We should always question our assumptions and be open to change. I’m about to experiment with going 30 days without grains.
At 16, my daily breakfast was half a box of grape nuts with honey and skim milk (and I was supposedly the healthy guy). There was a time that I ate grains with every meal, whether bread, pasta, cereal or rice. Over the last two years, I’ve slowly reduced the amount of grains I consume as part of my nutritional repertoire.
Plenty of folks are trumpeting support for this position. One doesn’t have to look very hard to find anti-grain discussions. From marksdailyapple.com:
The cereal grain family prides itself on its powerful, expansive arsenal of lectins, phytates, gluten, and other antinutrients. A single seed of its patriarch, wheat, can punch holes in gut linings with ease, and cousin oat has managed to obtain official recognition as being good for the heart even as it doses you with gluten. As healthy whole grains, they hide their armaments in plain sight; they cloak their puny bodies in the very poisons for which they are lauded and applauded.
That’s a pretty strong take. I’m not sure I buy it, particularly given my personal experience. When I eat grains, I feel more alert. Of course, there’s a response to that, too.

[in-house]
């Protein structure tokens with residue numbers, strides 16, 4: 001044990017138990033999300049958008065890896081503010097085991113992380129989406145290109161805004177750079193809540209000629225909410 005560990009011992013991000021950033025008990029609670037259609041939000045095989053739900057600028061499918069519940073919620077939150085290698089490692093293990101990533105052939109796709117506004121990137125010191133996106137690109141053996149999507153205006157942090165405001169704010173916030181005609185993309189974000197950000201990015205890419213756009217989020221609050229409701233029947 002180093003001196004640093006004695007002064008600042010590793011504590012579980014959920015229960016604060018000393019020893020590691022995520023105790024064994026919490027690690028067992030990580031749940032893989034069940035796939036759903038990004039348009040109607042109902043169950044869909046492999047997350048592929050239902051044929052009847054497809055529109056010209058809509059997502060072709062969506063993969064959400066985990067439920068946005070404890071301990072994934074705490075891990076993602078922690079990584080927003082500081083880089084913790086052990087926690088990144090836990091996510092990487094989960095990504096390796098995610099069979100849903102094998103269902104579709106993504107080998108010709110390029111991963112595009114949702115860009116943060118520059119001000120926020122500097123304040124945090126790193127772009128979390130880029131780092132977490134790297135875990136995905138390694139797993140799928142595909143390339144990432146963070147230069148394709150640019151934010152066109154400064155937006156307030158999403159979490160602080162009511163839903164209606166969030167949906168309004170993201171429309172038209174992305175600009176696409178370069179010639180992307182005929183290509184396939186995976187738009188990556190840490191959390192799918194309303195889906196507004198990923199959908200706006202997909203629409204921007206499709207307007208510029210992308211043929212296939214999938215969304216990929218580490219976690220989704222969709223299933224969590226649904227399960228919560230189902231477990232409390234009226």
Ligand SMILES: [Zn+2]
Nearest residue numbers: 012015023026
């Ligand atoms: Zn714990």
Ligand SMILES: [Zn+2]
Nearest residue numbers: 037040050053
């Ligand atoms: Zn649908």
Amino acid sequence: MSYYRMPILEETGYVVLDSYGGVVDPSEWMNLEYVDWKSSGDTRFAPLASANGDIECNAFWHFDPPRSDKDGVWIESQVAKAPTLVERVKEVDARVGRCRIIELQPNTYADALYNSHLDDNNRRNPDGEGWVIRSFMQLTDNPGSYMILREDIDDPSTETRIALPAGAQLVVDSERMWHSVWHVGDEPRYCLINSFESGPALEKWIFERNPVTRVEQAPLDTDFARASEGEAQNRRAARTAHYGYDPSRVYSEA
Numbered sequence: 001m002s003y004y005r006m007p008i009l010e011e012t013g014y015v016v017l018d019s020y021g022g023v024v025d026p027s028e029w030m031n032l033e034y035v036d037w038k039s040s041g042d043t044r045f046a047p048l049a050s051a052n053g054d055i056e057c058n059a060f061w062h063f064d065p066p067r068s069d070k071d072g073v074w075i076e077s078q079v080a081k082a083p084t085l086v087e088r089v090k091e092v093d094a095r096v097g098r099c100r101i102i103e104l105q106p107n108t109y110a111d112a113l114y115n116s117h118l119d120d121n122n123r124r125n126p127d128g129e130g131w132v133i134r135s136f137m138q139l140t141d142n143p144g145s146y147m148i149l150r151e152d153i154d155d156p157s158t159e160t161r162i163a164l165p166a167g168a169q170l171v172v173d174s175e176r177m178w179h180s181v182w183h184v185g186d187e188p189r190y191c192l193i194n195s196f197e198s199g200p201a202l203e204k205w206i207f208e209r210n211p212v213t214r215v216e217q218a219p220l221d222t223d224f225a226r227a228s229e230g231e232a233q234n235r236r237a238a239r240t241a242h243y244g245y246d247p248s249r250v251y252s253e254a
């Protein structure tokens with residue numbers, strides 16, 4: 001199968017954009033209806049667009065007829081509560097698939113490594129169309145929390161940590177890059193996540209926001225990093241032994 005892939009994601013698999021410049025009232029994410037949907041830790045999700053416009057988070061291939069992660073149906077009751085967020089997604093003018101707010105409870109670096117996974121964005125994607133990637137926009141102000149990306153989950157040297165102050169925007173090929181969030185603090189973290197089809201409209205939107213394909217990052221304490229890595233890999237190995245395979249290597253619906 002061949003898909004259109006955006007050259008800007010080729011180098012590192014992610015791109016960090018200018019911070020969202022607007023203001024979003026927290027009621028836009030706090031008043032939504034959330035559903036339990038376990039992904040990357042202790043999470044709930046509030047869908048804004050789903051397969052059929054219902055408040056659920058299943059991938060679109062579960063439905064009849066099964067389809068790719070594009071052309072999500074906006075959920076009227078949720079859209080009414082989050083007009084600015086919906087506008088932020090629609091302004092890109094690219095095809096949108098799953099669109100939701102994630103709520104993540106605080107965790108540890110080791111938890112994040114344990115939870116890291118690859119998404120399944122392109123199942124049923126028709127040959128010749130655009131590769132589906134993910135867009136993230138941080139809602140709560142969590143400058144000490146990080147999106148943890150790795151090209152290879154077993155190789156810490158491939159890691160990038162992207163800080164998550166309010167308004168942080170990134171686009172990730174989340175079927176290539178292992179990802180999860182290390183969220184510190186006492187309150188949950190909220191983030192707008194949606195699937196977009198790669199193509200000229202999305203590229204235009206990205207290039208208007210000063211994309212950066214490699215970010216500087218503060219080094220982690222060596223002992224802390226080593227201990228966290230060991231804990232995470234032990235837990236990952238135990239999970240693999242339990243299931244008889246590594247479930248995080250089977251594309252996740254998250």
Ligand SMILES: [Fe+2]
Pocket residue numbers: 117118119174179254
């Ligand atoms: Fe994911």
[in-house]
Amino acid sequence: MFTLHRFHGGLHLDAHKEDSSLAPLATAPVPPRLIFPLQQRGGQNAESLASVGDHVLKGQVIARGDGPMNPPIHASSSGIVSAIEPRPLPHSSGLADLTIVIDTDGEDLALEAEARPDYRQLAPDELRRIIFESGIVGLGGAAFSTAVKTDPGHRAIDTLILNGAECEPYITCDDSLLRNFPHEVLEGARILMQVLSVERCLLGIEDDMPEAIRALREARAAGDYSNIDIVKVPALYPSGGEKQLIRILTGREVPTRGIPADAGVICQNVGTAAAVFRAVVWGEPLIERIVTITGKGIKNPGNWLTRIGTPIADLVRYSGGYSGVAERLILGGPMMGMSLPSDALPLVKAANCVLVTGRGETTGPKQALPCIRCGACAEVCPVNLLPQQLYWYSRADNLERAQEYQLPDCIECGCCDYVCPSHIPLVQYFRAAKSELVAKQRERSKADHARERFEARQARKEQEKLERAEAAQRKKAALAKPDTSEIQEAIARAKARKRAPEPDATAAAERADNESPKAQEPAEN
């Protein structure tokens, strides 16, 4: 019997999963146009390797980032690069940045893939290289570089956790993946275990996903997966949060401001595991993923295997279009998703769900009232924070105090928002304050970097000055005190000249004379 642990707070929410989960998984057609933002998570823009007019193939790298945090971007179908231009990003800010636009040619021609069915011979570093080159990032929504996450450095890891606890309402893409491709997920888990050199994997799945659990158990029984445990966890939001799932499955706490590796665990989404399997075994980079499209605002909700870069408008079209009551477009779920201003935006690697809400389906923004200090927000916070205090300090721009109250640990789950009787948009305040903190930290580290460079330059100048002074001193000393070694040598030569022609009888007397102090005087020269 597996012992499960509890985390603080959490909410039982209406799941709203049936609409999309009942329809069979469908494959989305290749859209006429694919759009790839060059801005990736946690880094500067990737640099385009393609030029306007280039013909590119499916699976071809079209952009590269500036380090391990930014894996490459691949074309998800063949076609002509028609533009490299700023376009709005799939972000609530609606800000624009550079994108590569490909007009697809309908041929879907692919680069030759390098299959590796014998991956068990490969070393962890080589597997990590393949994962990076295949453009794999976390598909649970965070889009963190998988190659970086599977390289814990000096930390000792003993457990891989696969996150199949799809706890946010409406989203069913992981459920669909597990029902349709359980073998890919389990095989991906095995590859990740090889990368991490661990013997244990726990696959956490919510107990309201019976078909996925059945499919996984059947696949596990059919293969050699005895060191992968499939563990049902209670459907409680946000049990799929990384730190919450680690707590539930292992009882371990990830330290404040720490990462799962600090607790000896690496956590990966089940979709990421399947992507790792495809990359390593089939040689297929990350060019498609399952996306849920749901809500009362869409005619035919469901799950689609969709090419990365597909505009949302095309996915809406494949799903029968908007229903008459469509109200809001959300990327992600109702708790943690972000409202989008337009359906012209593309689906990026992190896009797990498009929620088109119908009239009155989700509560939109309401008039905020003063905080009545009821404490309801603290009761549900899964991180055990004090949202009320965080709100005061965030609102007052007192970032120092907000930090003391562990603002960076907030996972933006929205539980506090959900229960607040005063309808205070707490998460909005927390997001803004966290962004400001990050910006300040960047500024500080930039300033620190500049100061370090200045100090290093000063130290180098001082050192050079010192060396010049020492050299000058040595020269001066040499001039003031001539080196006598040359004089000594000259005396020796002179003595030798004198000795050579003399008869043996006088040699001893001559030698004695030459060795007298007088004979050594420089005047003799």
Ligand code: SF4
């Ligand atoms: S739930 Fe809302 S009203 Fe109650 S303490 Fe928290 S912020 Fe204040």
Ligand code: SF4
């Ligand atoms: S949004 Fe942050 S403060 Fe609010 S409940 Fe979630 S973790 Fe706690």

You may not have an obvious problem now, but that’s only because you’ve grown accustomed to your body and it to your diet. The signals of discomfort are dulled, and the intensity of the pain has reduced.
In fairness, I have never experimented with cutting grains out entirely. It’s possible that I’m used to the response after years of conditioning. My grain consumption now is two slices of sprouted grain toast in the mornings. For a long time, I’d add a cup of quinoa to my greens thinking I needed some fuel for my brain. I may have been wrong.
We now know that the oft-repeated “your brain only runs on glucose!” is wrong. I’ve mentioned it before, and anyone who’s taken the time to get fat-adapted on a low-carb Primal eating plan intuitively knows that your brain doesn’t need piles of glucose to work, because, well, they’re using their brain to read this sentence. Obviously, you eventually adapt and find you have sufficient (if not much improved) cognition without all those carbs.
You know that I reject diet labels. You may have also noticed that none of these arguments are providing any proof to back up their claims. I’m not entirely convinced of either side’s position, so it seems there is only one thing left to do. I’m taking the leap starting tomorrow morning. Breakfast will be 5 whole eggs, a Japanese yam and organic black coffee. I’ll go grain free for a month and see how I function. Perhaps I’ll have a response like Mark suggests:
I felt the same way until I tried ditching them for 30 days. All those little niggling aches and pains and complaints that I figured were just an inevitable aspect of life have disappeared. I feel better than ever.
Damn. I feel pretty good before even starting. This should be fun. I’ll keep you posted.